Reperfusion therapies commonly used to treat adult ischemic stroke patients with thrombotic or embolic arterial occlusions include intravenous thrombolysis and mechanical clot removal procedures. The safety and efficacy of these reperfusion therapies have been well demonstrated in randomized clinical trials (RCTs), and there is widespread consensus concerning eligibility and indications.1,2 In adult patients with symptomatic cerebral ischemia due to cerebral vasoconstriction, intra-arterial vasodilators and transluminal balloon angioplasty have been used to achieve cerebral reperfusion through spasmolysis.3–5 Spasmolytic reperfusion therapies are not supported by clinical trial data and are outside the scope of this review.
Although the median door-to-needle time for modern stroke centers in North America is in the range of 59 to 75 minutes, it is estimated that 50% of pediatric strokes are diagnosed more than 24 hours after hospital arrival.6,7 Numerous factors contribute to delayed diagnosis, including a higher number of stroke mimics in the pediatric population, inexperience with stroke amongst pediatric care providers, challenges related to examination, imaging and safe management of the small or agitated child, and pediatric systems of care that are not designed for rapid arterial ischemic stroke (AIS) diagnosis and treatment. Discounting other issues that determine eligibility, a substantial majority of children with AIS will therefore not qualify for IV fibrinolytic therapy, and as many as half of them will not qualify for endovascular therapy (EVT) under current guidelines for adult AIS.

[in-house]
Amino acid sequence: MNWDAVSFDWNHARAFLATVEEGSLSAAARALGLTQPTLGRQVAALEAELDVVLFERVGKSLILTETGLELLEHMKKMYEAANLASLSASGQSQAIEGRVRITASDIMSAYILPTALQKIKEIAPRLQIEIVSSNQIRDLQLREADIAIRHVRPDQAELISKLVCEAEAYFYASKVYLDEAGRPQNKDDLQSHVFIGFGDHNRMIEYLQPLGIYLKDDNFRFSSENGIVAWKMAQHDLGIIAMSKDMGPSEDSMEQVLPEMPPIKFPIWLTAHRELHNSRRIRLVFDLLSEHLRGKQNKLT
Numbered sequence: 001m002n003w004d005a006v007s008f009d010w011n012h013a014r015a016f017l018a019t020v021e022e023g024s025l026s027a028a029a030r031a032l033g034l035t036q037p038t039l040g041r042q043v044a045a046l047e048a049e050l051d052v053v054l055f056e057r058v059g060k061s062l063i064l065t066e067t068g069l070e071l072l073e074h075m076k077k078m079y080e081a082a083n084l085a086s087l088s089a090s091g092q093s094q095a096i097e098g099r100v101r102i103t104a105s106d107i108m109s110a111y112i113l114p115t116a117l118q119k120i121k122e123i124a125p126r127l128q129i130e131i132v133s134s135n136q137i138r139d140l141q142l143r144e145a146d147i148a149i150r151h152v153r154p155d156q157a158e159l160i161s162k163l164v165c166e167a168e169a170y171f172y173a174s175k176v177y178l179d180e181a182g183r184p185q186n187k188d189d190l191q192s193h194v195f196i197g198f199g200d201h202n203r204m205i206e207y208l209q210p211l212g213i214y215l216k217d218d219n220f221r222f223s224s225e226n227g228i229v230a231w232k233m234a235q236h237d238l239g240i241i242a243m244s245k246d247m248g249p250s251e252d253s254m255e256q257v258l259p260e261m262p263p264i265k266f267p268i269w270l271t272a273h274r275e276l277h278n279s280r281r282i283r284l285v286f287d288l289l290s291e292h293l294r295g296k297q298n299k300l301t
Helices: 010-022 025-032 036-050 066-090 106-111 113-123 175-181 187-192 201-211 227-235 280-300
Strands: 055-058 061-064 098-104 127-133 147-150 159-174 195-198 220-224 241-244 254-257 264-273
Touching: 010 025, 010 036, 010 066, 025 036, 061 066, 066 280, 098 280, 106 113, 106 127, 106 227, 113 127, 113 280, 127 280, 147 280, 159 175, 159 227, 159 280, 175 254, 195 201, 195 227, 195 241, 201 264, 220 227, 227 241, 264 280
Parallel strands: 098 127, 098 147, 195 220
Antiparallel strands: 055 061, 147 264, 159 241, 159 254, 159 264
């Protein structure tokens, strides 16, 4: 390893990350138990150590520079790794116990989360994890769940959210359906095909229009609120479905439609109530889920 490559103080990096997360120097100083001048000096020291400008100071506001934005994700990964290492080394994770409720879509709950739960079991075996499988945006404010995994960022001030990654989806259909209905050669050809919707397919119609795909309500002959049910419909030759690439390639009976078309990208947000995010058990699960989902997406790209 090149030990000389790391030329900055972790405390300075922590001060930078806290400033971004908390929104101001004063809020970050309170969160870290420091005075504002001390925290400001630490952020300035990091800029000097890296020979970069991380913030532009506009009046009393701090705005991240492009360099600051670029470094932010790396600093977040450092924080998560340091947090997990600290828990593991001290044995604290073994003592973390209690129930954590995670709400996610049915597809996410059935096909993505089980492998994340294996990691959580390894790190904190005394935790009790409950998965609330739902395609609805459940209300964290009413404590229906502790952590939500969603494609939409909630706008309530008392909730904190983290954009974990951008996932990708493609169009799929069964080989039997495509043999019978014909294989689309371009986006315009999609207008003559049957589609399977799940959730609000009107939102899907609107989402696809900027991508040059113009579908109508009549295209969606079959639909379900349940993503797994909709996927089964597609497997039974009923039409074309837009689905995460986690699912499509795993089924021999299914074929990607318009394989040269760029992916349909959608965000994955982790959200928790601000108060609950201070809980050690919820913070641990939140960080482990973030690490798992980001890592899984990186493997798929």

IV fibrinolytic therapy with tissue-type plasminogen activator (tPA) has been shown to improve clinical outcomes for adults with acute AIS when administered within 3 to 4.5 hours of stroke onset.1,2,8 Recent studies suggest that properly selected adult stroke patients identified by advanced imaging techniques may benefit from IV fibrinolytic therapy administered within 9 hours of stroke onset. Whether and how to administer IV fibrinolytic therapy to children with AIS remains controversial.2,9–11 The National Institutes of Health–funded Thrombolysis in Pediatric Stroke Study (TIPS) was a phase 1, prospective study that aimed to establish the dose, safety, and efficacy of IV tPA for AIS in children 2 to 17 years of age. Children younger than 2 years of age were excluded from TIPS because clinical neurological assessment of this age group was not considered sufficiently reliable to confirm timing of stroke onset or determine stroke severity, according to the pediatric National Institutes of Health stroke scale (NIHSS) score. In practice, however, it is reasonable to administer IV tPA to otherwise eligible children younger than 2 years of age with known time of stroke onset and unequivocal neurological deficit.